OUR LEGAL FIGHT TO ALLOW ELECTORS TO VOTE THEIR CONSCIENCE
On May 13, 2020, the Supreme Court is scheduled to hear oral arguments in our landmark cases dealing with the freedom of presidential electors!
THE LEGAL ARGUMENT
THE LEGAL ARGUMENT
We’re helping electors in Colorado and Washington who were threatened or fined by their state government for voting their conscience in 2016 — so as to assure that the Supreme Court resolves this question before the next election.
We believe the Supreme Court will affirm elector freedom. That will give states the opportunity to respond before the next election. The most likely — and effective — response would be for states to join the National Popular Vote Interstate Compact. 270 electors were pledged to the winner of the national popular vote automatically, then the additional electors from non-Compact states would be certain to create a margin significant enough to neutralize any effect of elector independence.
Nemanich v. Colorado Department of State (2017)
We have filed a lawsuit on behalf of three electors in Colorado who sought to defend their constitutional freedom to vote their conscience in the last presidential election as federal electors. Michael Baca, Polly Baca, and Robert Nemanich believed the special circumstances of the last election required that they vote their conscience, contrary to a pre-election pledge. Secretary of State Wayne Williams threatened them with removal, if they indeed did vote against their pledge, as well as criminal prosecution.
Guerra v. Washington State Office of Administrative Hearings (2017)
Washington State fined three electors, Peter Bret Chiafalo, Levi Jennet Guerra, and Esther Virginia John, who voted their conscience, contrary to a pre-election pledge. This case raises the question whether the state of Washington has the constitutional power to compel its electors to vote for a particular presidential and vice-presidential candidate, i.e. whether states may penalize an elector who votes contrary to her pledge, by imposing a civil fine or other penalty. We are supporting the legal defense of these electors to resolve the constitutional question.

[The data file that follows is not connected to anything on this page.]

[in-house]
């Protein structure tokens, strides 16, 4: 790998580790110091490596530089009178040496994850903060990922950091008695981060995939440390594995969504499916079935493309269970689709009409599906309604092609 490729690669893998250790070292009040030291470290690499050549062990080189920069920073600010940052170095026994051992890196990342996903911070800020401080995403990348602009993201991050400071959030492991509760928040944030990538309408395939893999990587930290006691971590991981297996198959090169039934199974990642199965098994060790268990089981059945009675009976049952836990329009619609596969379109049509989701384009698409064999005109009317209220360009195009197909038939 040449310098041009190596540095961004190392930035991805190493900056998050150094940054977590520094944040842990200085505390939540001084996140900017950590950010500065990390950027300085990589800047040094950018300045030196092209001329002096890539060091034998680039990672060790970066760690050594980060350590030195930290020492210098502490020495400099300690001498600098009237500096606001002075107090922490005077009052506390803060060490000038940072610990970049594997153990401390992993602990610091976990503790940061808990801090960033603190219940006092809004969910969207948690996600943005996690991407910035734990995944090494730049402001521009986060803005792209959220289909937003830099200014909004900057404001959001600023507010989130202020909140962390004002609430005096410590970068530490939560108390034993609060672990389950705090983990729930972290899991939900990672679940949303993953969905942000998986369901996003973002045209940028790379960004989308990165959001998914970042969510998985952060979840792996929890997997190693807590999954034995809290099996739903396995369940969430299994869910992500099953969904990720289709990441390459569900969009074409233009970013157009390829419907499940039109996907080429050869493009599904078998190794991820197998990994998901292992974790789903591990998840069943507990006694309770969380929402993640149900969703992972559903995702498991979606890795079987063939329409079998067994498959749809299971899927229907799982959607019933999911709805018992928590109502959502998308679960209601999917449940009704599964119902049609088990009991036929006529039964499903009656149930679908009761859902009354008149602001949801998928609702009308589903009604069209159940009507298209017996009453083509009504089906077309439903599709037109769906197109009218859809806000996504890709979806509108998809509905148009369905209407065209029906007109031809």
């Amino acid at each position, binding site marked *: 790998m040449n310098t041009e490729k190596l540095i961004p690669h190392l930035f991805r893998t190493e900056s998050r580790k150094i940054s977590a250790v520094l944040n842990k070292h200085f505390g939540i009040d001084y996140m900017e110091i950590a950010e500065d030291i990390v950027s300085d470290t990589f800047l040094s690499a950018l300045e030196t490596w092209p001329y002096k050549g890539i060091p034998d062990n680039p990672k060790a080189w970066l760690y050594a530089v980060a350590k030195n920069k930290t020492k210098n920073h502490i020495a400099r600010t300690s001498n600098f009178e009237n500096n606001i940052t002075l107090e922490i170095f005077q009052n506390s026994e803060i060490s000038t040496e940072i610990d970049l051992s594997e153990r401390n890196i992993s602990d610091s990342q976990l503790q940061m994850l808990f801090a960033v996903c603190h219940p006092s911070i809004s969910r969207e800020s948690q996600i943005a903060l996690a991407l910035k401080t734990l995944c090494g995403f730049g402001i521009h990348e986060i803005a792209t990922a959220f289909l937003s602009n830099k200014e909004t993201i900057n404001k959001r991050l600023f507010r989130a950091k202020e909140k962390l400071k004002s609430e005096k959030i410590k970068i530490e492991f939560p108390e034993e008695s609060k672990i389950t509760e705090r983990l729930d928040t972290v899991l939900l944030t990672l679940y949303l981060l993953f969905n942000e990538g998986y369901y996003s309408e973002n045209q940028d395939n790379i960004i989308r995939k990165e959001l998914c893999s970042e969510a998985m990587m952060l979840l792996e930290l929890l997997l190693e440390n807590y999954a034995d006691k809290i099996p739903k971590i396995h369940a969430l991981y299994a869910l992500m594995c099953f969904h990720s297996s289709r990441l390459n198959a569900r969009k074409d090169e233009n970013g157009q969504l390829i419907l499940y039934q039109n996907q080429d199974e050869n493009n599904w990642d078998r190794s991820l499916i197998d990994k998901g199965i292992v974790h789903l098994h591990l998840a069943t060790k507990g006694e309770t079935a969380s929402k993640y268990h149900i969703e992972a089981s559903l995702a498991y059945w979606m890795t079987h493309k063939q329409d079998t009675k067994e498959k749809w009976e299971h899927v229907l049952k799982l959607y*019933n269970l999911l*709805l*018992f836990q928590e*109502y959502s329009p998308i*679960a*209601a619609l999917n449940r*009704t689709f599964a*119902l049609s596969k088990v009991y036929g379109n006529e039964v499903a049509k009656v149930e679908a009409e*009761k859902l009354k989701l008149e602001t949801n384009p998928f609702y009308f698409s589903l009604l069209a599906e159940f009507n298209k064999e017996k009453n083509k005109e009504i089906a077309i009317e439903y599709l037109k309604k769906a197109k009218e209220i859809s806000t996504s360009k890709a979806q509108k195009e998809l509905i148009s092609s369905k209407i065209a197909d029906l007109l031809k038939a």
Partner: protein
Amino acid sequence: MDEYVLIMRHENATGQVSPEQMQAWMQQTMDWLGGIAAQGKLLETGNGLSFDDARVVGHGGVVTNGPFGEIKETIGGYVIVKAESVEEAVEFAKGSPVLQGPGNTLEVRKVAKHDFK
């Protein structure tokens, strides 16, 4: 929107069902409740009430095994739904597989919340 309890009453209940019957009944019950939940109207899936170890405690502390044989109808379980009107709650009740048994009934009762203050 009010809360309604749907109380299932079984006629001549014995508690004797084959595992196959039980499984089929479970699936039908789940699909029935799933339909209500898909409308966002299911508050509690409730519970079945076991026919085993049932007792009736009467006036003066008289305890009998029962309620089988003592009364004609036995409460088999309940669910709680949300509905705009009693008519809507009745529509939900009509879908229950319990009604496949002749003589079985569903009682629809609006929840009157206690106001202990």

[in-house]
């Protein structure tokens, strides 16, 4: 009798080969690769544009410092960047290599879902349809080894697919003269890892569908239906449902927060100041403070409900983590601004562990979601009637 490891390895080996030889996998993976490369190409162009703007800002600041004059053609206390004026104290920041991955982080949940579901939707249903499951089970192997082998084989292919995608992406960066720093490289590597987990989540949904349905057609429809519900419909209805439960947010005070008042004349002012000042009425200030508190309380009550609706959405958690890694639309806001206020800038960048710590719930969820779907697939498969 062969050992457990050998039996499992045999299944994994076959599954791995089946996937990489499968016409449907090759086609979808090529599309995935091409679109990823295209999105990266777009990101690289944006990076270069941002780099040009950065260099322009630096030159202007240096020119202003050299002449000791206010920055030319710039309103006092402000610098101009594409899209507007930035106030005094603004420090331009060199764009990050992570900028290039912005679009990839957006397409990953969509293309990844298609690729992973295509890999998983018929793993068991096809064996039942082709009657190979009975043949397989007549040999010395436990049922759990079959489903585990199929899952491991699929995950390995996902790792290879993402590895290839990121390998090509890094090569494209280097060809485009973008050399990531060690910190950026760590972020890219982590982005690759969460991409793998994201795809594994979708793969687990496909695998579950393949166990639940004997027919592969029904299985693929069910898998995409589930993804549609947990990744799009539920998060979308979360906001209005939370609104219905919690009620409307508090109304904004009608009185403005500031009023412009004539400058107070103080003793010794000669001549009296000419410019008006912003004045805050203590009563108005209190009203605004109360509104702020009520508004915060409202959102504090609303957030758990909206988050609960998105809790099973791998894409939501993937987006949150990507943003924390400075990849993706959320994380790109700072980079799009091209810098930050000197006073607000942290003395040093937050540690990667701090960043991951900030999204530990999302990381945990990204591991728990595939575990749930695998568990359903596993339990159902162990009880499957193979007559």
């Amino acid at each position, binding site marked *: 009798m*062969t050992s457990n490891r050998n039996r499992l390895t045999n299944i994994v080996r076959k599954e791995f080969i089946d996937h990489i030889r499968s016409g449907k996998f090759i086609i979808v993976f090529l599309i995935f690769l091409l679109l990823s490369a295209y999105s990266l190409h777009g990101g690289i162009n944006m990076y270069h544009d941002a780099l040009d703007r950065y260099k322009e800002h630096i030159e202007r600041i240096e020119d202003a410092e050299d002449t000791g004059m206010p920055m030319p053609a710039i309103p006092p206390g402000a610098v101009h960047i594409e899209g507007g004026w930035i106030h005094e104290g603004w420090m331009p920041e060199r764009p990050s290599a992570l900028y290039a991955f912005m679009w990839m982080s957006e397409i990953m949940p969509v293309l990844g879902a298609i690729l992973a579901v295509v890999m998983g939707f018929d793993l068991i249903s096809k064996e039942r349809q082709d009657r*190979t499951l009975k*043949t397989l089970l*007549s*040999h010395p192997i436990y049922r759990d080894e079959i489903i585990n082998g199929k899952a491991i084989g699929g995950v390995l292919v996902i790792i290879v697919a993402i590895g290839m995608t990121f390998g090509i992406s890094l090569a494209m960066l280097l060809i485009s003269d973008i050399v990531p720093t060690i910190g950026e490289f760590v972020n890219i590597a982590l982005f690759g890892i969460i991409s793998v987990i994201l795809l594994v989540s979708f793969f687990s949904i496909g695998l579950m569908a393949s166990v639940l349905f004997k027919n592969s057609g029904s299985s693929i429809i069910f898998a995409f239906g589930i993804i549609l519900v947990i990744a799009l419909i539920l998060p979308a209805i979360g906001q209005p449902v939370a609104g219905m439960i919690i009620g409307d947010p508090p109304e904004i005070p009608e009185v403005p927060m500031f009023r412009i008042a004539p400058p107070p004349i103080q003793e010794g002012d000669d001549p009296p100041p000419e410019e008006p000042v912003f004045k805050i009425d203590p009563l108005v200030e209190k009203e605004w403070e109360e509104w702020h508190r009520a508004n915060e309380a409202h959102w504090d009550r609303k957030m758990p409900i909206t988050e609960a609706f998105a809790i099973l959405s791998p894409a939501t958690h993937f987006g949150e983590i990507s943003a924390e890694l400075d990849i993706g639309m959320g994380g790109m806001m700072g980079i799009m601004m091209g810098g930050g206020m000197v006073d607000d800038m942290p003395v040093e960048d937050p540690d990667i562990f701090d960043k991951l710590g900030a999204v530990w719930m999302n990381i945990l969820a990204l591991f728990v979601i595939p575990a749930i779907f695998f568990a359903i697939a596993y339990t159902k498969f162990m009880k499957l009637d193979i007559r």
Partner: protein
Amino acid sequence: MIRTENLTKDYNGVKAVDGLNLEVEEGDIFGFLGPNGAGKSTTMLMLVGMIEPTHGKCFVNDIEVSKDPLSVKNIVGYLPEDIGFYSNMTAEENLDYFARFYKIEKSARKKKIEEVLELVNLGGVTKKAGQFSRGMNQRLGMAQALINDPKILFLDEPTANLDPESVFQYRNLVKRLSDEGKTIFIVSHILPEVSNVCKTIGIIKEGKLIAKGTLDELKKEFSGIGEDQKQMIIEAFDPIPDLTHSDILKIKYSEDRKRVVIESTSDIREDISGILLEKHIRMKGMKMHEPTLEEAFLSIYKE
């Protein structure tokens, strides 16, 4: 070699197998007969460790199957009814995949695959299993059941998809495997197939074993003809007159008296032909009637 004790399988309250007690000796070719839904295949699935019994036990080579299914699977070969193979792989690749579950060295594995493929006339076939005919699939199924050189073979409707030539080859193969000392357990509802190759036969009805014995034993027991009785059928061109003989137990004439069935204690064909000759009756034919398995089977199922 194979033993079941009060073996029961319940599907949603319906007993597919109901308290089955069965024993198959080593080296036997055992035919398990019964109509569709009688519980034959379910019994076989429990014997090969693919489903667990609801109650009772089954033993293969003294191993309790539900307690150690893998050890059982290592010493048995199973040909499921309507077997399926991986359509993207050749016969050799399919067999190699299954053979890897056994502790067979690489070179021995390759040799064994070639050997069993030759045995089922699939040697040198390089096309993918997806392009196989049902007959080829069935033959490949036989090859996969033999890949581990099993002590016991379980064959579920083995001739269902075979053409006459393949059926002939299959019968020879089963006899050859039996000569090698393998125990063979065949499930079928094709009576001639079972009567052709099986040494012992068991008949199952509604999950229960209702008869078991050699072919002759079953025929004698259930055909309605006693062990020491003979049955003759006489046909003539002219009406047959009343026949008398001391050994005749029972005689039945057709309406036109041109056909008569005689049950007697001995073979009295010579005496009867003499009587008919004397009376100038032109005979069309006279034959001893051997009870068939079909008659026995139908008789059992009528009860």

LEARN MORE ABOUT THE CASES
- Second Amended Complaint – October 25, 2017
- Defendant’s Motion to Dismiss – November 8, 2017
- Plaintiff’s Response to Defendant’s Motion to Dismiss – December 22, 2017
- Reply in Support of Defendant’s Motion to Dismiss – January 19, 2018
- Order on Motion To Dismiss – April 10, 2018
- Opening Brief of Appellants – June 25, 2018
- Opening Brief of Appellants Appendix – June 25, 2018
- Brief for Amicus Independence Institute in Support of Plaintiffs-Appellants – June 27, 2018
- Brief of Amici Curiae Michael L. Rosin and David G. Post – June 27, 2018
- Amicus Curiae Brief of Derek T. Muller In Support of Neither Party – July 2, 2018
- Appellee’s Response Brief – August 22, 2018
- Appellee’s Supplemental Appendix – August 22, 2018
- Brief of Amicus Curiae Colorado Republican Committee – August 29, 2018
- Amicus Curiae Brief of Robert M. Hardaway – August 29, 2018
- Reply Brief of Appellants – September 17, 2018
- United States Court of Appeals Decision – August 20, 2019
Washington – Levi Guerra, Esther v. John, and Peter B. Chiafalo v. Washington State Office of Administrative Hearings
- Petitioners’ Opening Brief – October 24, 2017
- Secretary of State’s Responding Brief – November 13, 2017
- Petitioners’ Reply Brief – December 12, 2017
- Appellants’ Statement of Grounds for Direct Review By The Supreme Court – December 29, 2017
- Answer to Statement of Grounds – January 26, 2018
- Brief of Appellants – May 10, 2018
- Brief of Respondent – July 11, 2018
- Reply Brief of Appellants – August 10, 2018
- Brief for Amicus Curiae Independence Institute – December 5, 2018
- Brief of Amicus Curiae Michael L. Rosin – December 7, 2018
- Secretary of State’s Combined Response to Amici Independence Institute and Michael L. Rosin – January 8, 2019
- Washington Supreme Court Decision – May 23, 2019
- Petition for a Writ of Certiorari– October 7, 2019
Washington Post: We were presidential electors in 2016. We should be allowed the ‘vote’ our Constitution gave us.
On Wednesday, the Supreme Court will hear two cases dealing with that important and unresolved question. The cases address what we did in 2016, when we were members of the electoral college in Washington state and Colorado. The states say they need this power so they...
Law & Crime: Attorney Arguing SCOTUS ‘Faithless Elector’ Case Says 1796 Election Irregularity Could Repeat in 2020
The Supreme Court of the United States will hear oral arguments in the “Faithless Elector” cases on Wednesday, May 13. Chiafalo v. Washington has been consolidated with Colorado Department of State v. Baca, and may mean a serious renovation of the electoral college....
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